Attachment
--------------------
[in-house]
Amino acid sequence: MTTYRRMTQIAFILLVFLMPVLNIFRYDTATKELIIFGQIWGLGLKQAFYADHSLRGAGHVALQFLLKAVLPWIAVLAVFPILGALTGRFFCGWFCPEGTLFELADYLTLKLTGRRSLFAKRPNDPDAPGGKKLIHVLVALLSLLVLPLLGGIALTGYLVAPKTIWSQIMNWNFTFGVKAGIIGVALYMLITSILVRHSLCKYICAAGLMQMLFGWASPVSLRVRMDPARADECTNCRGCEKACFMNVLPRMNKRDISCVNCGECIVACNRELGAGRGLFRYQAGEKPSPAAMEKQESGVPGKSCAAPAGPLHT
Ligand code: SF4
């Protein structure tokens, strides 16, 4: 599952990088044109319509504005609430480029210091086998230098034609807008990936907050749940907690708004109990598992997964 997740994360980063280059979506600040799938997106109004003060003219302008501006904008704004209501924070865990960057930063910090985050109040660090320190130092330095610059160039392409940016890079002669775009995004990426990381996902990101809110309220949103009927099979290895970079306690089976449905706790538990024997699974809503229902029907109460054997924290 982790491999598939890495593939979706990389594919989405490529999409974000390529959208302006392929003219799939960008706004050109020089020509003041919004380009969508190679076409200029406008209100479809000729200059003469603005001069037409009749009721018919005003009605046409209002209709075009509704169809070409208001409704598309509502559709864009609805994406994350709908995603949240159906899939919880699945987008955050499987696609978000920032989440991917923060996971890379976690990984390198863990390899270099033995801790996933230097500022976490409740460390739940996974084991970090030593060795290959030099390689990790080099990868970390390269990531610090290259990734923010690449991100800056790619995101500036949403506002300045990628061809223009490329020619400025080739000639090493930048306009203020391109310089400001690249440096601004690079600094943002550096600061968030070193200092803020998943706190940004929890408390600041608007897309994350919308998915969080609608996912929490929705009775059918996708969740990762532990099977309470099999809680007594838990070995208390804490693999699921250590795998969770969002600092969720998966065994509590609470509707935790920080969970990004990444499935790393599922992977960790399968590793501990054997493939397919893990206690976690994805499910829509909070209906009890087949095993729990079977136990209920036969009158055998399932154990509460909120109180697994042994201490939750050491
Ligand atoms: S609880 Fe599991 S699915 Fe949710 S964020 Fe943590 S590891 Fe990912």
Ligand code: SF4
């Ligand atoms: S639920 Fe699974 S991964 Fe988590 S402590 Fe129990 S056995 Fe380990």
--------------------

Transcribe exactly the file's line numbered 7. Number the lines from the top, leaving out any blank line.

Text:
């Ligand atoms: S639920 Fe699974 S991964 Fe988590 S402590 Fe129990 S056995 Fe380990």